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For Heroin Addicts, Hurricanes and Relapse Often Go Hand in Hand
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For Heroin Addicts, Hurricanes and Relapse Often Go Hand in Hand

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The amount of alcohol Americans are drinking is on the rise, a new study finds. The study, published in JAMA Psychiatry, finds that one out of every eight Americans is suffering from alcoholism. The number rises to one in four for those under the age of 30.

The 49.9% increase since the last study conducted between 2001-2002 isn’t the result of underage drinking either. According to News Day, the rate of drinking in underage people has actually decreased considerably since the last study. Adult drinking, on the other hand, has increased across every demographic.

“I think the increases are due to stress and despair,” said the study’s lead author Bridget Grant, “and the use of alcohol [is] a coping mechanism.”

In the United States, roughly 20 million people suffer from depression. The numbers have only been increasing in recent years as more millennials are diagnosed with chronic depression and anxiety disorders.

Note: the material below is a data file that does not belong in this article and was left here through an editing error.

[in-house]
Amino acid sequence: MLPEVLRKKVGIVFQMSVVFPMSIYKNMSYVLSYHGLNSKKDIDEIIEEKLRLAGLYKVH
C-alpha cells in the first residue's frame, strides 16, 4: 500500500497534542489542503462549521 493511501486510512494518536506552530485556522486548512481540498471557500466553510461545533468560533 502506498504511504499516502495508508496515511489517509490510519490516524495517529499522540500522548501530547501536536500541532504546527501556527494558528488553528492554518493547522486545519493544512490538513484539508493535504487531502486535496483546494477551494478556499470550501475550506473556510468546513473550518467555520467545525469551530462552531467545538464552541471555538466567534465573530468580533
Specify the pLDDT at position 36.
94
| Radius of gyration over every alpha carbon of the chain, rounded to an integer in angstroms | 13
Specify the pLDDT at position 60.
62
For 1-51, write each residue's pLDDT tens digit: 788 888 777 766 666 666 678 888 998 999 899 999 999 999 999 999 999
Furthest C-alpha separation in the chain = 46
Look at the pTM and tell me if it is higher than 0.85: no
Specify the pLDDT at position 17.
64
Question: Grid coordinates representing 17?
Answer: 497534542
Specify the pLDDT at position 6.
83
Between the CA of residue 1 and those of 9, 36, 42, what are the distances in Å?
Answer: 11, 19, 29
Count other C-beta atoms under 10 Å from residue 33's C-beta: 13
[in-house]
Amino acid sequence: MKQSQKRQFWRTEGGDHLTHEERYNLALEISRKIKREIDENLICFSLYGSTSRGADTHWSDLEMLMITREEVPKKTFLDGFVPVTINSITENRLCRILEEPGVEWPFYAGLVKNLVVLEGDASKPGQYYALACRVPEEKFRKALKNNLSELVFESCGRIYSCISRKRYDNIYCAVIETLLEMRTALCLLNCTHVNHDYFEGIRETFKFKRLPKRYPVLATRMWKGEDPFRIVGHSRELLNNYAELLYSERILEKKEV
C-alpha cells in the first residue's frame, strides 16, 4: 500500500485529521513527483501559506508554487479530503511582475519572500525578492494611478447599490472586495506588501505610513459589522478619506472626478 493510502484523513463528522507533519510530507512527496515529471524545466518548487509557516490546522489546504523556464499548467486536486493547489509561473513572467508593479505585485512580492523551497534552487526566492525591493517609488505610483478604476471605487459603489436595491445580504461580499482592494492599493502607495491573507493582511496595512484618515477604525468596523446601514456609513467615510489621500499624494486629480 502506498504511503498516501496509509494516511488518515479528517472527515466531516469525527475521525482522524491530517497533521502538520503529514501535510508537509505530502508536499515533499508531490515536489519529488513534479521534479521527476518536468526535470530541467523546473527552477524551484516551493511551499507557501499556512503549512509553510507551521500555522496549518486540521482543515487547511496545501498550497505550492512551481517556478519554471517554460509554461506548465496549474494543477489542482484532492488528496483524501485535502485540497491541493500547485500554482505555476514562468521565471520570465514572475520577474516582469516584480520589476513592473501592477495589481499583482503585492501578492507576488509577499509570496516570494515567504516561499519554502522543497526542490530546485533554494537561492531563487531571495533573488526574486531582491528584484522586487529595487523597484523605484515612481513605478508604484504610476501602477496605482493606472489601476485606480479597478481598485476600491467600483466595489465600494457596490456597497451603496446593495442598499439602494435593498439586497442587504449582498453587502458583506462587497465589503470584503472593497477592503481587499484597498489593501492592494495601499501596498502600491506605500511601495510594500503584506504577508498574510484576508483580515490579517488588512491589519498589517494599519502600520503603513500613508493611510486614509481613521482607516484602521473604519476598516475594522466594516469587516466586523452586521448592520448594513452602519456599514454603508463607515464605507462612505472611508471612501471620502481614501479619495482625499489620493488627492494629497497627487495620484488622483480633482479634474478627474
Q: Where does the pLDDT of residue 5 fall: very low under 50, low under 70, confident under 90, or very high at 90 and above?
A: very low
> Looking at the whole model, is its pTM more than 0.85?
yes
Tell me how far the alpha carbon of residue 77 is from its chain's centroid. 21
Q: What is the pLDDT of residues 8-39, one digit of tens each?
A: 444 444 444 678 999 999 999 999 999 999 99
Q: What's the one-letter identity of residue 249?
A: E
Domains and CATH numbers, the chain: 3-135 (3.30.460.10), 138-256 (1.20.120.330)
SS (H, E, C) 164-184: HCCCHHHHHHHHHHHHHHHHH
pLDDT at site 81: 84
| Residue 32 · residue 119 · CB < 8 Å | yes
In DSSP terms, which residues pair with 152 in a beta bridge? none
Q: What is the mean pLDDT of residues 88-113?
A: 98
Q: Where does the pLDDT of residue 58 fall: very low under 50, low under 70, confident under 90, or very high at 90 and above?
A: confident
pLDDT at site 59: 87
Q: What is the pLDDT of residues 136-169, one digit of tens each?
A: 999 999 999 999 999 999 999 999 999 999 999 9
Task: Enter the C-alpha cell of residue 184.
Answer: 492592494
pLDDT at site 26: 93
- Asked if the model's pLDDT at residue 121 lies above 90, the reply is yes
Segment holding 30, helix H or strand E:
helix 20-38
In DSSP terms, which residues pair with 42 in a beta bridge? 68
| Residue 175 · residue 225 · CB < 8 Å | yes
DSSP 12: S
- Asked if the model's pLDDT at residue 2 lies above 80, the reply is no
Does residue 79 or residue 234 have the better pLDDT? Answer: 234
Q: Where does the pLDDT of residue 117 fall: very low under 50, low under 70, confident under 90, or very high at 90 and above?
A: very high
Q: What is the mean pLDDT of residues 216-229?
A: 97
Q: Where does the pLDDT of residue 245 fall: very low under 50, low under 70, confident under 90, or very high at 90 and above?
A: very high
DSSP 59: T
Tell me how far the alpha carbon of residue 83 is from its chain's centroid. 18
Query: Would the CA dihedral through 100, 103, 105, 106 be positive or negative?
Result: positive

“As Americans, we were promised to be whoever we wanted to be, and we were given high unemployment rates and no guarantee of a job after college,” reports Megan Hoins. “We were promised peace and prosperity, and we were handed terrorism and a severe economic recession.”

The link between alcoholism, drug use, and struggles with mental health have been noted by professionals for years. However, as Hurricane Irma approaches in the aftermath of Hurricane Harvey, people in early recovery from substance abuse face unique obstacles during natural disasters.

According to researcher Andrew Gollub, the increased stress during a hurricane can result in relapse for those suffering from addiction because the storm interrupts treatment. For instance,
Kiro7 reports that heroin treatment centers that lost power during Hurricane Sandy measured methadone by candlelight.

Many Americans rely on emergency departments’ 24-hour access to care, and those suffering from addiction are no different. The fear of experiencing painful withdrawal can often result in life-threatening behavior when care is limited or unavailable.

Many substance abusers chose to stay close to their dealers rather than evacuating so as to avoid withdrawal symptoms during Hurricanes Katrina and Sandy. Others shared needles with strangers or used unregulated street drugs when they were unable to receive treatment.

In preparation of Hurricane Irma, methadone clinics were granted permission by the state of Florida to provide their patients with five days worth of medication. In addition to methadone, clinics are also ensuring patients are equipped with Narcan, which can save a person from an overdose.

“Have faith in the foundation you’ve built,” said Julie Boon of Eudaimonia Recovery Homes after Hurricane Harvey. Boon has been living sober for 30 years. “If you get into fear, reach out and speak to somebody.”